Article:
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Rape within marriage is nothing but rape

Illustration: J.A. Premkumar

Illustration: J.A. Premkumar  


A recent film treats it as a silly mistake by a man, ignoring the trauma that the wife undergoes

Something is horribly wrong with a Malayalam film I watched recently in a crowded cinema. Though my friends and I got only front seats as the show was heavily booked, we consoled ourselves that it was going to be a good entertainer. Why else would it be a full house?

But midway through the film, I felt shaken to the core. Some in the audience, however, were heard praising the “romance” between the lead characters and the acting chops of those essaying the roles.

The story is of a man who rapes his wife to prove his manhood and to get over his diffidence with women. The film’s take on such a serious issue is disappointing. The issue of marital rape is trivialised when the limelight falls on the perpetrator and his “dilemma”.

Flatly ignored

The victim does not even get much screen space or narrative prominence. Everyone treats the rape as a silly mistake by a man, arising out of his unfamiliarity with women. The light-hearted way the issue is handled is highly disturbing. It ignores the emotional roller-coaster that a rape victim undergoes and how traumatic it must be for her to live in unfamiliar surroundings with her attacker and his close relatives and friends.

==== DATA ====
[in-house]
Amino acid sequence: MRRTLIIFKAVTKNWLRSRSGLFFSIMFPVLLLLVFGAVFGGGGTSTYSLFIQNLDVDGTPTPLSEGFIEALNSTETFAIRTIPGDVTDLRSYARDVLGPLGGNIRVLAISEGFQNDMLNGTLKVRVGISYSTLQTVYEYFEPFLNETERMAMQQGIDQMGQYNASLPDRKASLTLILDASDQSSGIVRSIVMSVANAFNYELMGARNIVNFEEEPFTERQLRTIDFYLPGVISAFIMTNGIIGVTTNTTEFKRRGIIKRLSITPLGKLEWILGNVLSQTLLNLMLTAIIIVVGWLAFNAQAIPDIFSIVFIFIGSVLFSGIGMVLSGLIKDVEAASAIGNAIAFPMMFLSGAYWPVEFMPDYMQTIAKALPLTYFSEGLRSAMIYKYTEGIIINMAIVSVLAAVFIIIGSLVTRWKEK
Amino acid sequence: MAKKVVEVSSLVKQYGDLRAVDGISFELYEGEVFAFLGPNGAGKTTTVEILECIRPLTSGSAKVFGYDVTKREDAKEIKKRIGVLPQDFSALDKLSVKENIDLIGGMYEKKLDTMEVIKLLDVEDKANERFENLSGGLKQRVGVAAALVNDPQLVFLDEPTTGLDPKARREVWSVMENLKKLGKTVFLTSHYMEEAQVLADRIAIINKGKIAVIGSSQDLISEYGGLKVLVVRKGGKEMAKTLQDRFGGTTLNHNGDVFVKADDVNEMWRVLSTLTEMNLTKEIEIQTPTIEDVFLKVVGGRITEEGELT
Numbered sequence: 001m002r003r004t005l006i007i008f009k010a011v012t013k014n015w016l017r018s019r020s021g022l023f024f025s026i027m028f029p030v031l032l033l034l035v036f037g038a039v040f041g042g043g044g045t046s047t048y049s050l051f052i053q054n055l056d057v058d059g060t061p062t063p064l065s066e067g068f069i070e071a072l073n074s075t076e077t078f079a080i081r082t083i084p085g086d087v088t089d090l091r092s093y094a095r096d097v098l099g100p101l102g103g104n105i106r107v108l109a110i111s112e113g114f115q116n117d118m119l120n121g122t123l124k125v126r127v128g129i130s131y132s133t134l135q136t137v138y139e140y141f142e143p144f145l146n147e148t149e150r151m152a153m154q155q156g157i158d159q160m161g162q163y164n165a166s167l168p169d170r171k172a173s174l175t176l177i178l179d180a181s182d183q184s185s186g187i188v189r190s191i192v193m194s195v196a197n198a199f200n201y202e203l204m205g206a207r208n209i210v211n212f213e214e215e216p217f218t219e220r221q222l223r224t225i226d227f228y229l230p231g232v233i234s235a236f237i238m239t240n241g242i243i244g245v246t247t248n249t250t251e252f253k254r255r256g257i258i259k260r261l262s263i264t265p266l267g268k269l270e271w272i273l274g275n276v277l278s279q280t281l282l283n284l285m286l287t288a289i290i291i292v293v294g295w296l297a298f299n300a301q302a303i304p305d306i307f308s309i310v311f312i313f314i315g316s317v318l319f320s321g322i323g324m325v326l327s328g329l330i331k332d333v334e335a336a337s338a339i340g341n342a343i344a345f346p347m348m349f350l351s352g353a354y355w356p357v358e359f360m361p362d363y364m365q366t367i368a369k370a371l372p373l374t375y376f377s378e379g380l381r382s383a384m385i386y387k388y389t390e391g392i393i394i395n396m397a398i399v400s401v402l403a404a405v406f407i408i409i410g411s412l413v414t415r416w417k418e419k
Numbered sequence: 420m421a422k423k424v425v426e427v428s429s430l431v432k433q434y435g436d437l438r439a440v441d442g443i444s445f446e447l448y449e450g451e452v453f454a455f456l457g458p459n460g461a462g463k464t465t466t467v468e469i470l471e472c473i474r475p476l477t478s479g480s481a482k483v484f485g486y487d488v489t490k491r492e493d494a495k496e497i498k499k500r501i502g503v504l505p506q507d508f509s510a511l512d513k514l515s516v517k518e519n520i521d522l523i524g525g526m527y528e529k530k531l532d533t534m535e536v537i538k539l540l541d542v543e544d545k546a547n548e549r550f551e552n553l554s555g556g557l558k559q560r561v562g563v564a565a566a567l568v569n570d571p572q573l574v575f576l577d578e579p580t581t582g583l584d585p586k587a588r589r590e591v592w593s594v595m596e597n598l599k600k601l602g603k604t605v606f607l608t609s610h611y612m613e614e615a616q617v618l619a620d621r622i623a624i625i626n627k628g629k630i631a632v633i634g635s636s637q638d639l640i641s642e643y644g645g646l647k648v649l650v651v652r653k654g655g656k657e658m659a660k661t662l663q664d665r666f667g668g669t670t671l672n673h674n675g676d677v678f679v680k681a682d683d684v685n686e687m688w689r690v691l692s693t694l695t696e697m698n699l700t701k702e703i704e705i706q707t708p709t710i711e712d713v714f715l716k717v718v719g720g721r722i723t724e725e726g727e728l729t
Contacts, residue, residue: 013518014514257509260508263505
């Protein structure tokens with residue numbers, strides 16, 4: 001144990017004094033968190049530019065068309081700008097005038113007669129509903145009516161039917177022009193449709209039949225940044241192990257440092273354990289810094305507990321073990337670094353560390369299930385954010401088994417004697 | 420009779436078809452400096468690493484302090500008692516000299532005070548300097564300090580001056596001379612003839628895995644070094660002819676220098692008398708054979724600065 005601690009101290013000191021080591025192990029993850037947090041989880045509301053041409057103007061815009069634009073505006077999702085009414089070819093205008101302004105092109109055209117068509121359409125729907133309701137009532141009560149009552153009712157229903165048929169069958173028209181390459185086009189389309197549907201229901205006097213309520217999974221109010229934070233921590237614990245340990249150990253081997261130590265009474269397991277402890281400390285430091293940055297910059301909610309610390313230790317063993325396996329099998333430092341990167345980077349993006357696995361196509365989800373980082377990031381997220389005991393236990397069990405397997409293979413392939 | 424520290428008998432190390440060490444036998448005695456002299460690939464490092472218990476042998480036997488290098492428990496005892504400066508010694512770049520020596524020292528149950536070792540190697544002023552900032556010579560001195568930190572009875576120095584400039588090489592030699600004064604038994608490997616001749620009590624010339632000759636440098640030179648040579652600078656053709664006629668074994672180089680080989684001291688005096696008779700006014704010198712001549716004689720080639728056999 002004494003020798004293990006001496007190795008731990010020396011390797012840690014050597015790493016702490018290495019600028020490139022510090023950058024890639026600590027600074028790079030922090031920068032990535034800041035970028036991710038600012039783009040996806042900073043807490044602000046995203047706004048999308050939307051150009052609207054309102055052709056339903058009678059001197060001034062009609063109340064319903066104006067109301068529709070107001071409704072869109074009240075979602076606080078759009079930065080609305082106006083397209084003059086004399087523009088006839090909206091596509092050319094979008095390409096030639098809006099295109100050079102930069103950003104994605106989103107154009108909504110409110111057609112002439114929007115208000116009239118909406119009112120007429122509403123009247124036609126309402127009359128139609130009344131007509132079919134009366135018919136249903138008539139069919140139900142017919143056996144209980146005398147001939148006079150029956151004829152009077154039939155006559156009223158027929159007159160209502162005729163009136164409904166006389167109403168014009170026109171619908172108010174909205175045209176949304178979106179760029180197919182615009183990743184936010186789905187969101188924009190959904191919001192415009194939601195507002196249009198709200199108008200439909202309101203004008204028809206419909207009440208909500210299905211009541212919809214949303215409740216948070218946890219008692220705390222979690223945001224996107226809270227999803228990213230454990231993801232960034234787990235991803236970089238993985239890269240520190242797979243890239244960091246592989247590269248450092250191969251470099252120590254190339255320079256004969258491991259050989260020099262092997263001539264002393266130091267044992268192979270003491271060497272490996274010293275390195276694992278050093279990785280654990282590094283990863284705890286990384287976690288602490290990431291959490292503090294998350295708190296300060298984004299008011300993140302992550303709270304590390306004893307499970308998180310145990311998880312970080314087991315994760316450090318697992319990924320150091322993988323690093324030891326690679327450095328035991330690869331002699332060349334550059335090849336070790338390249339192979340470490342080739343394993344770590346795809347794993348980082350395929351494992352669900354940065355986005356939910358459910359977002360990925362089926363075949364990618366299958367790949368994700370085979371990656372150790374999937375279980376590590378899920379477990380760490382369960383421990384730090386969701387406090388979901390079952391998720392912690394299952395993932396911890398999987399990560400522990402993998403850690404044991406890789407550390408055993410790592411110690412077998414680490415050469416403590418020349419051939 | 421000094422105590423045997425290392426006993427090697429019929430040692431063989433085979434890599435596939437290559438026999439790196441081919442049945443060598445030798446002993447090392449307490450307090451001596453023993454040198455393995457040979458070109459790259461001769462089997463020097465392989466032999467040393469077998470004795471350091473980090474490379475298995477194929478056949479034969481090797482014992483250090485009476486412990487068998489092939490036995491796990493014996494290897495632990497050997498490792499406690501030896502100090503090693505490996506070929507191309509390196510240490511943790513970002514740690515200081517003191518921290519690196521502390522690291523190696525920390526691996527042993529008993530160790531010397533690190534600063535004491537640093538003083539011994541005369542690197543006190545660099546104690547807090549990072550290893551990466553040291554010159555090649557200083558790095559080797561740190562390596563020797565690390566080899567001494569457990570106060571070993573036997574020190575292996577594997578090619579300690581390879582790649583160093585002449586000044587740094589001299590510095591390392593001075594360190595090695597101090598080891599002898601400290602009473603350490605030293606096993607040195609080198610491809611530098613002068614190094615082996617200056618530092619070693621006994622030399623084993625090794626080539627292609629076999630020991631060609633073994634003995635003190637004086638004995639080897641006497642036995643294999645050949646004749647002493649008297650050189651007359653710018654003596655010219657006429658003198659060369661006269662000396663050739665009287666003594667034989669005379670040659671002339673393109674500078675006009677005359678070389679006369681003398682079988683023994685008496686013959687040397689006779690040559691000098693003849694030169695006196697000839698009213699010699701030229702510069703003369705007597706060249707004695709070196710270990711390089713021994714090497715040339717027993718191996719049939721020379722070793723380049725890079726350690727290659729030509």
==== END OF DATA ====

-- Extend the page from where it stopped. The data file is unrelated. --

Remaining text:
A man’s ignorance does not justify the intense trauma that a wife is subjected to. The film suggests that men need to have sex education to be gentle with their wives. What it fails to remind people is that in preventing sexual violence, sensitivity, love and respect towards one’s partner do more good than sex education. It should be kept in mind that awareness without mutual respect is no guarantee against sexual violence.

The film vainly tries to put in an element of romance into the rape narrative by harping on the fact that his wife is the first woman he has known and loved, apart from his mother and sisters. It tries to sugar-coat the bitter pill for the victim and the audience alike. But it totally ignores the emotional scars and mistrust that will be present in a real life situation.

Many people struggle to be in touch with their bodies after a sexual assault. They find it difficult to connect with the body of another person. In the film, the victim in question did not even resist on being touched again by her rapist-husband. The shots depicting their intimacy show that they are having a happy, healthy relationship, irrespective of the traumatic past. And the film’s title ingeniously refers to the wife as the husband’s angel. What better way to placate aggrieved wives!

The film seems to suggest that all wives need to be the Woolfian “angel in the house”, forgiving and forgetting their husbands’ follies, even something as grave as rape. All for the sake of marriage!

It’s still rape

Some may argue that the film simply portrays a reality. What they do not realise is that the film trivialises and ratifies that reality. Marriage is about togetherness and accepting each other. Rape within marriage counts as rape, even if not legally.

The film which touts itself as a family entertainer should have been more careful while treading on such sensitive topics. Because cinema is not just about stories. It is a powerful medium which could subtly influence and culturally condition people across generations.

The film, however, mirrors the attitude of society in general. The extent of social and cultural conditioning was evident in the response of an acquaintance of mine: “But ma’am, couldn’t she accept that it was her husband [who committed the act]?”

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Printable version | Jan 21, 2020 5:16:14 AM |

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